At 25, I was driving a 1989 Toyota Camry. Compact, practical, and zippy, it packed a 2.5-liter V6 with 153 horsepower and double-overhead cams. There is something about your mid-twenties that makes you feel as though you can take on the world, and driving feels like an extension of yourself. I still love to drive, but now I’m more careful. Smarter. Wiser. Sometimes, anyway.
When I slid behind the wheel of a 2020 Mazda3 hatchback last week, that same feeling from my invincible 20s flashed back. Streamlined and punchy, this hatch has a lot to offer.
This vehicle is available with one engine: a 2.5L four-banger with 186 hp and the same number for torque. A six-speed automatic transmission is standard, and a six-speed manual transmission is available on the FWD Preferred model.
- Base LED headlights, keyless entry and ignition, simulated leather upholstery, 8.8-inch display, Apple CarPlay and Android Auto, and an eight-speaker audio system
- Preferred + power driver’s seat, heated front seats and a 12-speaker Bose audio system
- Premium + adaptive headlights, sunroof, head-up display, leather upholstery (paddle shifters available)
- AM/FM audio system with 8 speakers and HD Radio
- Bluetooth connectivity
- 8.8-inch center display
- Infotainment system voice command
- Multifunction Commander control
- Pandora integration
- SMS text message audio delivery and reply
- Apple CarPlay and Android Auto
- Two USB ports
- Whiplash-reducing front seat headrest
- Dynamic stability control with traction control system
- Blind spot monitoring with rear cross traffic alert
- Lane departure warning system
- Lane-keep assist
- Cruise control with stop & go
- Driver attention alert
Five Things to Love
- Zippy acceleration and firm braking
- Bose speakers and audio system
- Leather double stitched perforated leather seats
- Interior ornamentation consists of beautiful, flowing lines
- Super easy to park anywhere
Three Opportunities for Improvement
- Take a look at the video from Jill Ciminillo about the command control knob, which explains how it’s supposed to be used. It’s logical. However, it still doesn’t work for me – it feels like too many steps to get to what I need and it’s not intuitive. I want to be able to change the channel or seek when I’m on road trips easily.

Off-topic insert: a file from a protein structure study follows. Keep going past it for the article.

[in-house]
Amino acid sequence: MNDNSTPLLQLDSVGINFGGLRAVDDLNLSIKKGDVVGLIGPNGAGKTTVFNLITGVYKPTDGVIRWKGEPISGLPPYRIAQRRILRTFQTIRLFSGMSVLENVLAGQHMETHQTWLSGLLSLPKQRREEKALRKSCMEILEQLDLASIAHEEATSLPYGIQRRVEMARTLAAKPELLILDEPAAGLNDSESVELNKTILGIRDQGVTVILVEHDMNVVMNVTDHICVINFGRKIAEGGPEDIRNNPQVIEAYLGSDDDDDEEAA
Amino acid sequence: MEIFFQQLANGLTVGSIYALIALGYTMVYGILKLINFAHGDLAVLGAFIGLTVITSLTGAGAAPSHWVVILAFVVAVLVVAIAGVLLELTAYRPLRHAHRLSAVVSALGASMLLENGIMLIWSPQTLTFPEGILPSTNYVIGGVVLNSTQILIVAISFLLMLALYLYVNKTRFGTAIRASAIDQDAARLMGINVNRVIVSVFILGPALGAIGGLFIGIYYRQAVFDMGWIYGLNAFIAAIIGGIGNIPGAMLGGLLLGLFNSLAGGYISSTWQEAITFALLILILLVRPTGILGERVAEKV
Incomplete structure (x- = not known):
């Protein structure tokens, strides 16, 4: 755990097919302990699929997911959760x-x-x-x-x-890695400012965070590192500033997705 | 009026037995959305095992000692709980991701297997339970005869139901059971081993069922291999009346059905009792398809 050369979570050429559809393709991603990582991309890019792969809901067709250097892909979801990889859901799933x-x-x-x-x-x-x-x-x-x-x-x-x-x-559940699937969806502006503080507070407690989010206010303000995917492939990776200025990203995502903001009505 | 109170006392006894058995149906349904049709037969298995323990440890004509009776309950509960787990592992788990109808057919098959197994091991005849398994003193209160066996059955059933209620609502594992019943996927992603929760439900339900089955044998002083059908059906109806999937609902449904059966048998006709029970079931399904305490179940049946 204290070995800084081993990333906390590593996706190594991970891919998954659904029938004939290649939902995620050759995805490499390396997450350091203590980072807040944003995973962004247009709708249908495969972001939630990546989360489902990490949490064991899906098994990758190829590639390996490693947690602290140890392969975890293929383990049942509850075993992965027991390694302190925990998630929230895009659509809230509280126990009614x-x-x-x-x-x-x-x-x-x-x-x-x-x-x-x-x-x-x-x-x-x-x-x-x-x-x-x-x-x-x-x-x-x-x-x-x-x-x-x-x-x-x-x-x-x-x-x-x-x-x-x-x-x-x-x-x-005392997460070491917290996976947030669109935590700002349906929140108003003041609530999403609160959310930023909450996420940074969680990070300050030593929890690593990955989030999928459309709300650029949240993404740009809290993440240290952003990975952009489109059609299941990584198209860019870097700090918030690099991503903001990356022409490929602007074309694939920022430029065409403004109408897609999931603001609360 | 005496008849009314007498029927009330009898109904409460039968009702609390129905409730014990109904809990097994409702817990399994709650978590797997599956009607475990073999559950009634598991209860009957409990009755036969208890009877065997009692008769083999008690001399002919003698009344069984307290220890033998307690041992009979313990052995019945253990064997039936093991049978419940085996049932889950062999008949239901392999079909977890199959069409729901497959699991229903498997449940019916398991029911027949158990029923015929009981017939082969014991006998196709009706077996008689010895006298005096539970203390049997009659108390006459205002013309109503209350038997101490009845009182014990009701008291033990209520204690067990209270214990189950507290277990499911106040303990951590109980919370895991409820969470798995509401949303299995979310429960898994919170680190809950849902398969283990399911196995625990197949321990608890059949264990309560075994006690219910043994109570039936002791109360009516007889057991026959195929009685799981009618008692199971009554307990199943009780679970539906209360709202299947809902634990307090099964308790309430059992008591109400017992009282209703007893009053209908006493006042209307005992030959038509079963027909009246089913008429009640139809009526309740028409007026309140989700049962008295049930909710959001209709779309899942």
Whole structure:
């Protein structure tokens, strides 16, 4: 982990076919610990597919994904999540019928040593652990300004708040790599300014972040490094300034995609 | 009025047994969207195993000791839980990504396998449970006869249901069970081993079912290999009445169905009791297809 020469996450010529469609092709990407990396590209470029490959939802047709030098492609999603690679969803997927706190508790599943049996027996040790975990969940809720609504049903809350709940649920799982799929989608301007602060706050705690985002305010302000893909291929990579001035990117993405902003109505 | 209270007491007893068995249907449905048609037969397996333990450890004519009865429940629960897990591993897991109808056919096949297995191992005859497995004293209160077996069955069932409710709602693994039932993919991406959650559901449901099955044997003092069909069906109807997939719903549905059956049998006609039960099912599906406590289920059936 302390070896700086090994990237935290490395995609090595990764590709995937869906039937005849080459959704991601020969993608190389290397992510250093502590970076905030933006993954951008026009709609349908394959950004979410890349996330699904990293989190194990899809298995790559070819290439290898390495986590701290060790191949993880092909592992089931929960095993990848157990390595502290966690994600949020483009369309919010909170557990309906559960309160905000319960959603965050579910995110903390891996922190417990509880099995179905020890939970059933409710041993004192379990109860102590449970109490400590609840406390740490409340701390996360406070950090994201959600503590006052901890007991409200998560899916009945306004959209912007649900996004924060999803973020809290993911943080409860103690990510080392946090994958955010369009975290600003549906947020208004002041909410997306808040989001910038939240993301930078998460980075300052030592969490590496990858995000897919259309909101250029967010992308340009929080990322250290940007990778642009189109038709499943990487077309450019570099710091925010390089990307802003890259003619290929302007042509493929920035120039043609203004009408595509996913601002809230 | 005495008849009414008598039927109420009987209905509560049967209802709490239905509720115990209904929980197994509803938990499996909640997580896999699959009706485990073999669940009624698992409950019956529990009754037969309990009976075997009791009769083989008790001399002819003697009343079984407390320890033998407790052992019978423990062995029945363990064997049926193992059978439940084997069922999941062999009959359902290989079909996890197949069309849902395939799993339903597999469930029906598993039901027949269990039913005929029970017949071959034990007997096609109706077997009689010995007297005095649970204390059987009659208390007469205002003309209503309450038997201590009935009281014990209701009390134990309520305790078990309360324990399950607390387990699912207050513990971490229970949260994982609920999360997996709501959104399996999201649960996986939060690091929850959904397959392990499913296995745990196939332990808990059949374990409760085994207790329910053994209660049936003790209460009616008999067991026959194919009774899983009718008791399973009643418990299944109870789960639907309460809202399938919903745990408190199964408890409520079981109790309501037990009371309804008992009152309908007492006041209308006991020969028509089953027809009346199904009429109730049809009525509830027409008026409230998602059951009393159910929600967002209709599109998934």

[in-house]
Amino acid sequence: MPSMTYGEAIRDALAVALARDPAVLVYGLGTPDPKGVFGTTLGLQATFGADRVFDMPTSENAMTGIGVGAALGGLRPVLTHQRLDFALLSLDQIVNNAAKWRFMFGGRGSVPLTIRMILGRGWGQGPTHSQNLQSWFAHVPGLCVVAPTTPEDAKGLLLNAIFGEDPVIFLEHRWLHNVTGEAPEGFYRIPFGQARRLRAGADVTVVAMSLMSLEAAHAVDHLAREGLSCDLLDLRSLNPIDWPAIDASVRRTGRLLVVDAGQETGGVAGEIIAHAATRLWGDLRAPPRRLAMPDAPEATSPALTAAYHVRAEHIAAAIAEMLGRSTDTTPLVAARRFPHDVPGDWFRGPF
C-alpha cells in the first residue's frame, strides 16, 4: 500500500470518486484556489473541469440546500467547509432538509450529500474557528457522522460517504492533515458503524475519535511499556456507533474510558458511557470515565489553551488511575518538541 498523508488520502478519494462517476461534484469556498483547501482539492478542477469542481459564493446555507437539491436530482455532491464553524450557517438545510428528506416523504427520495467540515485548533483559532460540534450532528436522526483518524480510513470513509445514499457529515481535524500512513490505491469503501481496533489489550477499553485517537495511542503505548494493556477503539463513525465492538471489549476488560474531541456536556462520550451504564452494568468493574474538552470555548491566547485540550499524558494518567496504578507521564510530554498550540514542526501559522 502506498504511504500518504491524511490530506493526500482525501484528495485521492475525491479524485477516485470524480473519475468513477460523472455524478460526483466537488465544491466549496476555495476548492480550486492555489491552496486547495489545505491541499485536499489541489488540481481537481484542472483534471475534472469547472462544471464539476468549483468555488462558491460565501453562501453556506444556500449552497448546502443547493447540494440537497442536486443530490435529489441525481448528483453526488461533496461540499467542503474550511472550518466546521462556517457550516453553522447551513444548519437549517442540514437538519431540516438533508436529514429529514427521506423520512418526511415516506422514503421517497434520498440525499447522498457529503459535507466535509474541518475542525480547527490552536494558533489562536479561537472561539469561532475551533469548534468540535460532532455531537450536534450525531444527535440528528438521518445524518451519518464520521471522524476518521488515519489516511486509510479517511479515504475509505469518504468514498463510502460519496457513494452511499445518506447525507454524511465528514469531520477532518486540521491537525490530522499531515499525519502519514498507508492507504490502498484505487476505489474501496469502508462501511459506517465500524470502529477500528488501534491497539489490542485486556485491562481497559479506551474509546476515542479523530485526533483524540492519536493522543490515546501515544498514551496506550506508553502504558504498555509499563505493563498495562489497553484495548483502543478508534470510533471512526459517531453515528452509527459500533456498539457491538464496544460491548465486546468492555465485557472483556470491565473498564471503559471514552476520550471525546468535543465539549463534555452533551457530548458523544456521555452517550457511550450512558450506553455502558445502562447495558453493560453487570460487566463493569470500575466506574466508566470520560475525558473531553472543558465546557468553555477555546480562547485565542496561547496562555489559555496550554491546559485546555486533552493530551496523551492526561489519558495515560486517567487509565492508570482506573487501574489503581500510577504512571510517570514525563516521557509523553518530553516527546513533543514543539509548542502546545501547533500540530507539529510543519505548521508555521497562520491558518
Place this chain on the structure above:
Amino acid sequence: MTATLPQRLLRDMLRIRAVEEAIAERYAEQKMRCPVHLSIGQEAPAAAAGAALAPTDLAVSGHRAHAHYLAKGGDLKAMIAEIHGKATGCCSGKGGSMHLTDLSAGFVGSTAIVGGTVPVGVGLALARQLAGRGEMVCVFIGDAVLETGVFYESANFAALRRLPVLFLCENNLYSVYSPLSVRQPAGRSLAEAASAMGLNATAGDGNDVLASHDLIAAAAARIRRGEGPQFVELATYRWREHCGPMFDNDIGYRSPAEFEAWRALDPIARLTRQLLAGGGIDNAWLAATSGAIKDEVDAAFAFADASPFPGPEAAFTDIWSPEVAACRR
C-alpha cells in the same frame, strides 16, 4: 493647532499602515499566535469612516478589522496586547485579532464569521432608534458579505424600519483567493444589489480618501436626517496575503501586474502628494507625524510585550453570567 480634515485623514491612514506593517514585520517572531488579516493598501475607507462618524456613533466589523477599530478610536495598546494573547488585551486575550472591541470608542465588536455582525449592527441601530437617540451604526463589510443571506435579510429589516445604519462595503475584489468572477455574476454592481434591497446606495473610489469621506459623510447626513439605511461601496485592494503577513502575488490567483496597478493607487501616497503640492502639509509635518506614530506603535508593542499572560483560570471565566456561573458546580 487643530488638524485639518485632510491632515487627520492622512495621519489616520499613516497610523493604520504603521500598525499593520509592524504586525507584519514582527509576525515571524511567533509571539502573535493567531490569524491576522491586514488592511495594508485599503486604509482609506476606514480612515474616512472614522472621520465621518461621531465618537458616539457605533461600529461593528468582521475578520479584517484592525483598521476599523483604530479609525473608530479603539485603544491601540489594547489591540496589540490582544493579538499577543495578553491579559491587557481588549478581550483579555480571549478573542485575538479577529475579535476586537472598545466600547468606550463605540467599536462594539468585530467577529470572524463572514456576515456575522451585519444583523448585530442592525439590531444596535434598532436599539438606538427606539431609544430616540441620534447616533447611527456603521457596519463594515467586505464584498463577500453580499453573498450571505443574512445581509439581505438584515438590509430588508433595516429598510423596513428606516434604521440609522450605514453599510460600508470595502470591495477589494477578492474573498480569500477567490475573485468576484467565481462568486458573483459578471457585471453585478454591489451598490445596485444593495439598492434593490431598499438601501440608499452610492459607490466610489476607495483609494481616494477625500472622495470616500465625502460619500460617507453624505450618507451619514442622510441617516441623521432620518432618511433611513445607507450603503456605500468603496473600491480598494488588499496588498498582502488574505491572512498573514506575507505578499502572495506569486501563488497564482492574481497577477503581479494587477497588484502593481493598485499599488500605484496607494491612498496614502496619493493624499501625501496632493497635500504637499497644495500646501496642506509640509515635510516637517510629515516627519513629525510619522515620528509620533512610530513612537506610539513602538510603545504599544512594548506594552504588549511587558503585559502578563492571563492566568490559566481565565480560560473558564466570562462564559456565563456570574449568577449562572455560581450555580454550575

- Gearing is middling in normal mode. I’d use it on sport mode all the time, and as long as you don’t mind the drop in mpg, it’s the better option.
- The space feels a little cramped in the back. I have a ten-year-old kid, and he didn’t mind, but adults might not enjoy it as much.
I thought this hatchback was really fun to drive, and while I’m an avowed fan of the Soul Red Crystal, I must say the Machine Gray Metallic is quite handsome. Mazda makes a great car for the money, and the Mazda3 in both the sedan and hatch versions are a good value. You can park it anywhere and it’s easy to get in and out. This would be a terrific car for a college student or young professional in the city.
Creating a sense of motion, even at a standstill—That’s the essence of Mazda’s KODO: “Soul of Motion” design philosophy. It allows designers to imbue each model with its own personality while staying true to a unifying theme. Cars are our canvas, and every one we make begs to be driven.
We’re in the golden age of computer-aided design. It allows us to render 3D models with a level of accuracy that was out of reach just a few short years ago. But at Mazda, design starts with a block of clay. And for that, there is simply no substitute. Artisans shape the clay until the ideal lines reveal themselves and only then do they collaborate with digital modelers. This traditional/digital partnership takes the best of both worlds to create uniquely appealing designs.
News You Should Know (directly from Mazda)
Announced December 19: Mazda North American Operations has filed a Part 573 defect notification with the National Highway Traffic Safety Administration (NHTSA) for a safety defect, which exists in certain 2019 and 2020 Model Year Mazda3 vehicles. The affected vehicles may unexpectedly stop while driving due to inadvertent activation of the Smart Braking System (SBS) automatic emergency braking system.
Incorrect programming of the SBS control software may cause the vehicle to falsely detect an obstacle in front of the vehicle while driving. In certain cases, the SBS control software may automatically apply the vehicle brakes to prevent or reduce damage from a collision, even though no collision is imminent. If the SBS automatic emergency braking system unexpectedly activates while driving, the risk of a rear-end crash from a following vehicle may increase. There is a warning alarm sound and warning message displayed in the multi-information and active driving displays when this defect occurs.